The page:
Rocker says (ibid, p. 138):

During the first World War, he vigorously defended the cause of England and France, for he regarded the whole policy of Germany as a deliberate preparation for the conquest of Europe. Always an ardent friend of French culture, he regarded a German victory as a real disaster for Europe's future, and the beginning of a reaction whose end none could foretell.

In some ways, Tucker had become a lost soul, maintaining relationships with a number of old libertarian friends (John Henry MacKay being the most important), but feeling that his efforts had little impact, that preparing the next generation of anarchists was more important, but he was not in a position to be their teacher. Tucker said in the 1920's:

[T]he economic solution proposed by Anarchism...and there is no other solution--will remain a thing to be taught to the rising generation, that conditions may be favorable to its application after the great levelling. But education is a slow process, and for this reason we must hope that the day of readjustment may not come too quickly. Anarchists who endeavor to hasten it by joining in the propaganda of State Socialism or revolution make a sad mistake indeed. They help to so force the march of events that the people will not have time to find out, by the study of their experiences, that their troubles have been due to the rejection of competition. If this lesson shall not be learned in season the past will be repeated in the future... (p. 137)

Sunday, April 03, 2005

Did Free Trade Kill Off the Neantherthals?

A recent report in the New Scientist by Celeste Biever of a yet-unpublished study suggests that modern humans may have driven Neanderthals to extinction 30,000 years ago because Homo sapiens unlocked the secrets of free trade, say a group of US and Dutch economists. The theory could shed new light on the mysterious and sudden demise of the Neanderthals after over 260,000 years of healthy survival.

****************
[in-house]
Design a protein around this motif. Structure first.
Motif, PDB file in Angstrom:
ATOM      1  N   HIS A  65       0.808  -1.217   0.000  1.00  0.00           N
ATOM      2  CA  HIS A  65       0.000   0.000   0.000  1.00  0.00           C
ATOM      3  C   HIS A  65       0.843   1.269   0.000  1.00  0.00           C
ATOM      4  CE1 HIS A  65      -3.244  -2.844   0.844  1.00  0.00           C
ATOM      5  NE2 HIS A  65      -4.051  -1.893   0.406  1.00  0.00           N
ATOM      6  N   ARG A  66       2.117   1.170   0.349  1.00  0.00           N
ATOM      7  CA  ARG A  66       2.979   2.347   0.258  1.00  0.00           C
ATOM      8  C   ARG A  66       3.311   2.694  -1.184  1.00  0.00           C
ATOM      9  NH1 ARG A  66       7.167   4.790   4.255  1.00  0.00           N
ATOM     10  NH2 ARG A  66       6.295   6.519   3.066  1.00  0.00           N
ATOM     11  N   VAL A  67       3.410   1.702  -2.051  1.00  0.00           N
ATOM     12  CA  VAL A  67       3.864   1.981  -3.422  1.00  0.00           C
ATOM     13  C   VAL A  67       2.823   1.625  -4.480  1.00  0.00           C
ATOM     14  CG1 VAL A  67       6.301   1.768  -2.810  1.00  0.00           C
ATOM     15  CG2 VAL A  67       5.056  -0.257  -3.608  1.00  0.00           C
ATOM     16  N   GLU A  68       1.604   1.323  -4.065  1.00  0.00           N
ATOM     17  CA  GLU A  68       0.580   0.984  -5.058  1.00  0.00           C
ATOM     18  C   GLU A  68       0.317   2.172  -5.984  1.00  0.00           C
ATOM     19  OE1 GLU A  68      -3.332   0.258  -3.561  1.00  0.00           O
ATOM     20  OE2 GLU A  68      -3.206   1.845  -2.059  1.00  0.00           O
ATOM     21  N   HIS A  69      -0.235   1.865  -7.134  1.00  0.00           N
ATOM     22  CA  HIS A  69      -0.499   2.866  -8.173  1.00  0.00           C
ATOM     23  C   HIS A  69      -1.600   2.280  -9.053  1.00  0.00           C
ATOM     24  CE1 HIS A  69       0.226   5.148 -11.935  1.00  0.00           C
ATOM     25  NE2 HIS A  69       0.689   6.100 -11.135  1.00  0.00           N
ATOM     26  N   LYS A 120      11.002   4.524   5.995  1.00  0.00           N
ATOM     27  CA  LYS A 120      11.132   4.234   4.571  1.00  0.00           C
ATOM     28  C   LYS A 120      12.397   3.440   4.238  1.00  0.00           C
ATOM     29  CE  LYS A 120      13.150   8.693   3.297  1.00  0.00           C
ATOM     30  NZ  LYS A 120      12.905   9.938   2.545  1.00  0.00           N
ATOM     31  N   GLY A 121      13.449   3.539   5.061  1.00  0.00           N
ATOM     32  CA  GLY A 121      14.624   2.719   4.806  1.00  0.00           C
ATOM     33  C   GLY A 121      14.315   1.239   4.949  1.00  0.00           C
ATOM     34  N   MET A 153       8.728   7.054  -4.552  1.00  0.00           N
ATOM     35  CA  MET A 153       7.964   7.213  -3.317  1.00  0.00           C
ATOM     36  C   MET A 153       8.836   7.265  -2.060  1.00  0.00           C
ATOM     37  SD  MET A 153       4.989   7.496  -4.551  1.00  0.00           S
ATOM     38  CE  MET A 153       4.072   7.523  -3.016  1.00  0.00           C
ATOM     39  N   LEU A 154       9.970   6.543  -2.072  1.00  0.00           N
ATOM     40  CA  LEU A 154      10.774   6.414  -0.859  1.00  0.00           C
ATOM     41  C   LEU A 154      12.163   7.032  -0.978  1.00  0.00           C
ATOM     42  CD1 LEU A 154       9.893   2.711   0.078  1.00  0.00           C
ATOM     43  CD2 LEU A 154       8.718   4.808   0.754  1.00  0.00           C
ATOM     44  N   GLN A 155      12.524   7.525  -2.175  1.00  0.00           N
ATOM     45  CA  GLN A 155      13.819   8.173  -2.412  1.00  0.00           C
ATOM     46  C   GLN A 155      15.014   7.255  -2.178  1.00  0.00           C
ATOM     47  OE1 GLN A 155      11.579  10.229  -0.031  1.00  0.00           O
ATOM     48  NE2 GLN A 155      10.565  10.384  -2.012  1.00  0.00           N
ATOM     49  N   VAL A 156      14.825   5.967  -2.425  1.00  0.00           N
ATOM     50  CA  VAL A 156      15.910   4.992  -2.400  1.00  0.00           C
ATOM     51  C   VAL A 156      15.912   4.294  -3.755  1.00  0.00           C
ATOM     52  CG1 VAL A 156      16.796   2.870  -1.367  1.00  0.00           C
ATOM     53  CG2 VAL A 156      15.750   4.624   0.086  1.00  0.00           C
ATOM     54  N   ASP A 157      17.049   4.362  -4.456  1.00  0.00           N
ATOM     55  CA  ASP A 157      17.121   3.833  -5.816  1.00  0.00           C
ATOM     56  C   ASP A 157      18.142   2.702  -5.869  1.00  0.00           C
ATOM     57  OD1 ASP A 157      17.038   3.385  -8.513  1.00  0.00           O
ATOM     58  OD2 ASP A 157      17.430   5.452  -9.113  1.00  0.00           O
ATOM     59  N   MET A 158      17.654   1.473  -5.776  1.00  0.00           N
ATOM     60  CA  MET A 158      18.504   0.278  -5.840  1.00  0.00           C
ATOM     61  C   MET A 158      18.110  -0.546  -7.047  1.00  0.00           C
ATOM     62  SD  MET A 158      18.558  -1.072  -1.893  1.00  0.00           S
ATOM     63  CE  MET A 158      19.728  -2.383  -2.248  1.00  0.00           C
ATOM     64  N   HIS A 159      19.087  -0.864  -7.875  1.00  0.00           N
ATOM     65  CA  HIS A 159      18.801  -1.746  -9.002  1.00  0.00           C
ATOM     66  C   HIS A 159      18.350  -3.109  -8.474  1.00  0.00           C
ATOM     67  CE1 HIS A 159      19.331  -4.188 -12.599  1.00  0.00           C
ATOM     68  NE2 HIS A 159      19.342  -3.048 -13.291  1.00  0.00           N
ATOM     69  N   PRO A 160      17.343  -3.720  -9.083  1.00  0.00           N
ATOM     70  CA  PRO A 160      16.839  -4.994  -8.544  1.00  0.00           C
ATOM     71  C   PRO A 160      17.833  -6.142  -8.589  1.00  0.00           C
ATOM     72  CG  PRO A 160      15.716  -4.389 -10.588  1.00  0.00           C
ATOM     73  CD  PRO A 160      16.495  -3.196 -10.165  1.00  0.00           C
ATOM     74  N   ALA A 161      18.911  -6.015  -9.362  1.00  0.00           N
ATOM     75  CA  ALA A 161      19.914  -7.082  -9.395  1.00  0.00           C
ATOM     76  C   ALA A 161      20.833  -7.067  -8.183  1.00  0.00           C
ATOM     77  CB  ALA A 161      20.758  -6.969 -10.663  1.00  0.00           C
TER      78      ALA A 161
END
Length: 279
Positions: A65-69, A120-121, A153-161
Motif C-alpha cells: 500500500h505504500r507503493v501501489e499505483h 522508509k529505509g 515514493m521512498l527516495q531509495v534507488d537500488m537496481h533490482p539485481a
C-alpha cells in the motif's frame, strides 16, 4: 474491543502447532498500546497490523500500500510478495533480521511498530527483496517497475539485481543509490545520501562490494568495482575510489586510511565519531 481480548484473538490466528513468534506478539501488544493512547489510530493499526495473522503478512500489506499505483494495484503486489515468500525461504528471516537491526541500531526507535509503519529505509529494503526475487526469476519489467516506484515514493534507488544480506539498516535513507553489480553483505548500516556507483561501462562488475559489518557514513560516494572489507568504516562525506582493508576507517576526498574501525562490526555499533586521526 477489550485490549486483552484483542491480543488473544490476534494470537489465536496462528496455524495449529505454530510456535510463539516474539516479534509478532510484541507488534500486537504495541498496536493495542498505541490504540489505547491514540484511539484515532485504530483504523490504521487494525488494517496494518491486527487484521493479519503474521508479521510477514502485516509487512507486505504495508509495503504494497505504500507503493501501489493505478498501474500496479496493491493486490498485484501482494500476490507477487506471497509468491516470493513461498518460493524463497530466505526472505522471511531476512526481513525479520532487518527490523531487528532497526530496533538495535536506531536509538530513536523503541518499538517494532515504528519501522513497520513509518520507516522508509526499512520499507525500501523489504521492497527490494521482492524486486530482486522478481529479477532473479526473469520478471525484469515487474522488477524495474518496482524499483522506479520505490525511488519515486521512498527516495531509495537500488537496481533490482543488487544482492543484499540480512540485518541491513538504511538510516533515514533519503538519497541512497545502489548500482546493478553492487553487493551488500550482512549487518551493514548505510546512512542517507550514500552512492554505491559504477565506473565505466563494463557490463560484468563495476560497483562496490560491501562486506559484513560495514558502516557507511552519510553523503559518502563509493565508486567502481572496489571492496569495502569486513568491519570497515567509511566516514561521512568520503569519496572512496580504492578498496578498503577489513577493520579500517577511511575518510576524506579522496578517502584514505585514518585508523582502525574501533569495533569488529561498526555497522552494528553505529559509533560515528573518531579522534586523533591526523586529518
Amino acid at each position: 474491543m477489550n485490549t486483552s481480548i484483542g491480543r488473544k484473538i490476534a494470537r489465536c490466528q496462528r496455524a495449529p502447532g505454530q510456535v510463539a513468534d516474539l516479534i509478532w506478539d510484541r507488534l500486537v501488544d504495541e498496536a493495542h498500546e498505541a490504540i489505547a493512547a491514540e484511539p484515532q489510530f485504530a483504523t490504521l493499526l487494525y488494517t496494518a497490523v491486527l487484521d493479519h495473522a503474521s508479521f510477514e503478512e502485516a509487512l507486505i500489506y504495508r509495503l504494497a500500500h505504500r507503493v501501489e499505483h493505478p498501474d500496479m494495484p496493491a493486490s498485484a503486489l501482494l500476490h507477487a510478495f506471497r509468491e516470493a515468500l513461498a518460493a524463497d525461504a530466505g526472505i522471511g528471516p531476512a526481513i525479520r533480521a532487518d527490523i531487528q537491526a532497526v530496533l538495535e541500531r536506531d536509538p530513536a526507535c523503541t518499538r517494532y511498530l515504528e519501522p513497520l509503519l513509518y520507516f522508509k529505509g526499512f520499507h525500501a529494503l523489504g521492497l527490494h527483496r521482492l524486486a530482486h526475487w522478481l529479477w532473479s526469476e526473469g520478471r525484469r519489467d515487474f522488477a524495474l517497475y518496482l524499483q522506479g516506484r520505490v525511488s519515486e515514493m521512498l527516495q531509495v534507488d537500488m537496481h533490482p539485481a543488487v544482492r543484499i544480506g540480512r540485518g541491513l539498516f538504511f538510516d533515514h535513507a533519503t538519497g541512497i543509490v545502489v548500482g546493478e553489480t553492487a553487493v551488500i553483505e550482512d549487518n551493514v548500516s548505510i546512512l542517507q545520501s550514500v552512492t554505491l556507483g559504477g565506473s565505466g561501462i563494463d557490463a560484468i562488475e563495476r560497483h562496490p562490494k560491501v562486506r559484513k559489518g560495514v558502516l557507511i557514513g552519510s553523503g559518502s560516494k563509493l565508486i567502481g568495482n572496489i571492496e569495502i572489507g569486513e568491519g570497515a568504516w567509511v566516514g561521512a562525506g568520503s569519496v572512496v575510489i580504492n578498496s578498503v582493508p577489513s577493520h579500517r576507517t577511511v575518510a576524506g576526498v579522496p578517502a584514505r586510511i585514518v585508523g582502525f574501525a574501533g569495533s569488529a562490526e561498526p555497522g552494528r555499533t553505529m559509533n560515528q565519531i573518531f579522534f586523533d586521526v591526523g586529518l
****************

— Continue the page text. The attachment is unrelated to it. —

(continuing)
Anthropologists have considered a wide range of factors which may explain Neanderthal extinction, including biological, environmental and cultural causes.

Jason Shogren, an economist at the University of Wyoming in Laramie, US, says part of the answer may lie in humans’ superior trading habits. Trading would have allowed the division of labour, freeing up skilled individuals, such as hunters, to focus on the tasks they are best at. Others, perhaps making tools or clothes or gathering food, would give the hunters resources in return for meat.

The idea that specialisation leads to greater success was first used in the 18th century to explain why some nations were wealthier than others. But this is the first time it has been applied to the Neanderthal extinction puzzle, says Shogren.

He cites archaeological evidence that suggests that humans, who joined Neanderthals in Europe about 40,000 years ago, specialised and traded both within and between regions. The evidence includes complex living quarters with different sections partitioned for different functions. Neanderthals, in contrast, lived in “largely unorganised” living spaces.

There is also evidence that the early humans, mainly one population called the Gravettians, imported materials. Ivory, stones, fossils, seashells and crafted tools were found dispersed through many regions. This greater pool of resources led to increased innovation, says Shogren.

Shogren tested his theory with simulations of population growth. He even gave the Neanderthals, who were larger than Homo sapiens, a head start by assuming they were better hunters and individually brought home more meat - which may or may be true.